The next Continuous Improvement stage is one of consolidation. Being expensive and disruptive to implement, many organisations do so in modules. By first trialling the system in across a business unit or geographical region, difficulties are identified and addressed before the system is expanded further.
The Transformation stage of an ERP system implementation is when organisations see a marked improvement in key performance indicators. These vary between organisations but can often be quantified in monetary terms.
Ross, J. W. (1999). Surprising Facts About Implementing ERP. IT Professional , 1 (4), 65-68.
Writing about web page http://www.sciencedirect.com/science?_ob=ArticleURL&_udi=B6VCT-47G3XP2-3&_user=7195183&_coverDate=04%2F16%2F2003&_alid=1395772318&_rdoc=4&_fmt=high&_orig=search&_cdi=5963&_sort=r&_st=4&_docanchor=&_ct=7&_acct=C000029838&_version=1&_urlVersion=0&_userid=7195183&md5=d0a8e50a1cd8858ad08ccb253eea100b
- Enterprise Systems For Management
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Why Enterprise Resource Planning (ERP) Projects Fail?
Adopting an ERP system has become a norm in most multinational industries in today’s competitive market. Organisations have recognized the potential benefits of implementing an ERP system so as to gain competitive advantage and improve their business strategy. Nevertheless ERP project has an infamous reputation of failure as most projects become over budget and delayed.
Umble et al (2003) based on their research identified various reasons why ERP implementation project fail. They argued that the main reasons for failure can be grouped into ten categories as listed below:
1. Obscure Strategic goals
2. Top management is not committed to the system
3. Implementation project management is poor
4. Lack of organisations commitment to change
5. Incompetent implementation team not selected
6. Inadequate education and training
7. Data validation is inaccurate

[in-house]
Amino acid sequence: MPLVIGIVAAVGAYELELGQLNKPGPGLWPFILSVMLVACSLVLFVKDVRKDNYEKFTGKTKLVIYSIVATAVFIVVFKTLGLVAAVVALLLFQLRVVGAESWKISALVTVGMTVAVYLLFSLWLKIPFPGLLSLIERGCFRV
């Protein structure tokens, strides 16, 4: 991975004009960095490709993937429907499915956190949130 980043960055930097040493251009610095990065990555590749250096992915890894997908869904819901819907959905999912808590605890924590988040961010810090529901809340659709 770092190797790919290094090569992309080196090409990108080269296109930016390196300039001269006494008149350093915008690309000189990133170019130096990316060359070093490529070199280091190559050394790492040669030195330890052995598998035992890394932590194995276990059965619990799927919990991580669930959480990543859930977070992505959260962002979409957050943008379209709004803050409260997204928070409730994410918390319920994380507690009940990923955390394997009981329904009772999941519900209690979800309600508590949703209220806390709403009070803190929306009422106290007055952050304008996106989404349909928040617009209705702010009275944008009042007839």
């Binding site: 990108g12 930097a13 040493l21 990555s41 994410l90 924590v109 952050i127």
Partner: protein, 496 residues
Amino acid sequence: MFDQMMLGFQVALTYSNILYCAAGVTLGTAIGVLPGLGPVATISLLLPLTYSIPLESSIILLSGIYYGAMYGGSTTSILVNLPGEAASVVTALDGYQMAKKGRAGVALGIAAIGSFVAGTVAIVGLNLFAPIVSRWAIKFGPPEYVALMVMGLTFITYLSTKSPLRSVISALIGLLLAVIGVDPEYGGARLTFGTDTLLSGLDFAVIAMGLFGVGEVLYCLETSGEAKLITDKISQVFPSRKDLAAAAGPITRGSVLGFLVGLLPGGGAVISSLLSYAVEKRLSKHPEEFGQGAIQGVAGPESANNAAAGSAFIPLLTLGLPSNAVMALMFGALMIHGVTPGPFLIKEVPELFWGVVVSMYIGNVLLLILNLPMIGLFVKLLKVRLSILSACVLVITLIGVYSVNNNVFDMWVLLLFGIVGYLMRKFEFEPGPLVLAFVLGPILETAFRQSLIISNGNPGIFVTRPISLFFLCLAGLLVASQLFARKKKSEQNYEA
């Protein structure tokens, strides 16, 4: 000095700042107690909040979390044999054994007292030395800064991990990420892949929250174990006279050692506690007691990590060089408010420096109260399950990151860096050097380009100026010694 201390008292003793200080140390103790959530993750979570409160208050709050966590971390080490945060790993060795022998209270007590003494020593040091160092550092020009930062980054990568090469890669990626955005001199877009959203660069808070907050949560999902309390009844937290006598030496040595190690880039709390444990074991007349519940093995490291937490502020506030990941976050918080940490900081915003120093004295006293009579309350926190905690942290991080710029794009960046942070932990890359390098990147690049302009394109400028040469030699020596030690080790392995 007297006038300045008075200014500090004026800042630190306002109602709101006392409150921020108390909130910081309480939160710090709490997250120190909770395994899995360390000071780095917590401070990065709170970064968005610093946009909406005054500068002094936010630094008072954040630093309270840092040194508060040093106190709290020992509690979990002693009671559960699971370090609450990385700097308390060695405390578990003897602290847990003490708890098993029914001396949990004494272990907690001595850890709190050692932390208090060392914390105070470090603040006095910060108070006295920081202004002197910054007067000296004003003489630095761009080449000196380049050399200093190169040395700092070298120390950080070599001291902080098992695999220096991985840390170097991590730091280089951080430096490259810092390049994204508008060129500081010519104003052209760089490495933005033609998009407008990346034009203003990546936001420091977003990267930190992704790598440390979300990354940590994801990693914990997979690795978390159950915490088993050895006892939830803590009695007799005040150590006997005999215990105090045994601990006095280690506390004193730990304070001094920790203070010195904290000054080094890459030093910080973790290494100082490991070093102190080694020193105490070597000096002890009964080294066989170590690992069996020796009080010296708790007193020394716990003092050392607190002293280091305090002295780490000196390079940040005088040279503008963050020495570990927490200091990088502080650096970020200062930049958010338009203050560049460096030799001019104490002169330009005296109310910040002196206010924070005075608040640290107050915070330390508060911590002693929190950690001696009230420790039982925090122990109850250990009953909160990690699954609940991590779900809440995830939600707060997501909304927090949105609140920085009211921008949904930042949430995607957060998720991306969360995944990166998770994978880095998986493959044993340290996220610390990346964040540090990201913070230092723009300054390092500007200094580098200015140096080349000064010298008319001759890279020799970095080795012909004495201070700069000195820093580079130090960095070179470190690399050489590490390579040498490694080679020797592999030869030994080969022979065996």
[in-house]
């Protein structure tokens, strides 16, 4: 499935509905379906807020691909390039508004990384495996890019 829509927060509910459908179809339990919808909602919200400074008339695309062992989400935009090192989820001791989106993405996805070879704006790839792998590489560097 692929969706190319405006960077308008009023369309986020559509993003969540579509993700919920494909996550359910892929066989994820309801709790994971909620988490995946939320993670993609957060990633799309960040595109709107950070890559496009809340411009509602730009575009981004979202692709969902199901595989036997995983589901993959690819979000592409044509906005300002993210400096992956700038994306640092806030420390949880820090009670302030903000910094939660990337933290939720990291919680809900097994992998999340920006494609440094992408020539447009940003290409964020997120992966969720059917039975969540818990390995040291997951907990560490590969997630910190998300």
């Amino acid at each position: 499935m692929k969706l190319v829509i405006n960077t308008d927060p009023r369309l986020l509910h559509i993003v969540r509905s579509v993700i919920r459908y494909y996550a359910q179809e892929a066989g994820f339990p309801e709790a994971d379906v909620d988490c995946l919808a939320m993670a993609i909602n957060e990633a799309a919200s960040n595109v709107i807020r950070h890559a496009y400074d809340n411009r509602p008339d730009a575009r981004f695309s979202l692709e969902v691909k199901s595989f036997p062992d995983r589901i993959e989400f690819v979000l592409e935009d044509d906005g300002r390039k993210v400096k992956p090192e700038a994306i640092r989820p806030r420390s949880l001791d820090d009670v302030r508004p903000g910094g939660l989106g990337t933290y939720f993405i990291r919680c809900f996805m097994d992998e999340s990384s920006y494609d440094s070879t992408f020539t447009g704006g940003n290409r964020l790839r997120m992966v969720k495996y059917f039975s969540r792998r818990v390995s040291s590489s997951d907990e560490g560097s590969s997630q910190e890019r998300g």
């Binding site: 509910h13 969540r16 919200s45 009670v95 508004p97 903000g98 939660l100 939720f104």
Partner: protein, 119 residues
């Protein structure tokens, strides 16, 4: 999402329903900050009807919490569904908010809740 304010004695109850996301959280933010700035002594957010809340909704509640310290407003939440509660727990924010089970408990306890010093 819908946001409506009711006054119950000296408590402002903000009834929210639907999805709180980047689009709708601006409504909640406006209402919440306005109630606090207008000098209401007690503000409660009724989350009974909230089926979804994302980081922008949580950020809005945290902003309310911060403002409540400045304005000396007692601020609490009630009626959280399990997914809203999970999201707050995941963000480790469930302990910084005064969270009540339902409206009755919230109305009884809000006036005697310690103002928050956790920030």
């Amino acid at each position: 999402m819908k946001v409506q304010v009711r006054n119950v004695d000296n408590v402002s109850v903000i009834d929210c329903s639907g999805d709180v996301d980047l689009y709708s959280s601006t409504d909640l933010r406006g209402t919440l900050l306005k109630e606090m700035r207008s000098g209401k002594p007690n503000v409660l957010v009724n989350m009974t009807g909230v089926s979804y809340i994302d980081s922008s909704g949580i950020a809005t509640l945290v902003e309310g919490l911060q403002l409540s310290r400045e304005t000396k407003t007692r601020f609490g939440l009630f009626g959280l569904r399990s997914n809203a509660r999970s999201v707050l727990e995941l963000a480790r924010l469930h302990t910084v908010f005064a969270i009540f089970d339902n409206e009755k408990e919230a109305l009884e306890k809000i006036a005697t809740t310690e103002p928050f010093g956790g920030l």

8. No performance measures
9. Improper resolution of Multi-site issues
10. Technical difficulties
Umble et al (2003) further reviewed the case of an ERP implementation at Huck International Inc, a design and manufacturing company. They identified that though the company successfully implementation an ERP system and achieved some of their benefits, they underwent various challenges such as; lack of complete top management and implementation team involvement during the implementation phase of the project. This resulted in the company going over budget during the course of the project and exceeding their initial time plan.
An organisation that plans to implement an ERP system needs to understand its complexity and consider all possible factors that determines its successful implementation. Careful analysis and planning must be carried out at all the different implementation phases (before, during and after implementation) so as to avoid a project failure.
Various other real life case studies of ERP implementation that shows that factors above influence the success and failure of ERP projecthas been reviewed in Motiwalla & Thompson's book referenced below.
Book: Motiwalla, L. and Thompson J. (2009). Enterprise Systems For Management. New Jersey: Pearson Prentice Hall.
Article: Umble, E., Haft, R., and Umble, M. (2003). Enterprise resource Planning: Implementation procedure and critical succes factors. European Journal of Operation Research, 241-257.
Further Comments are welcomed!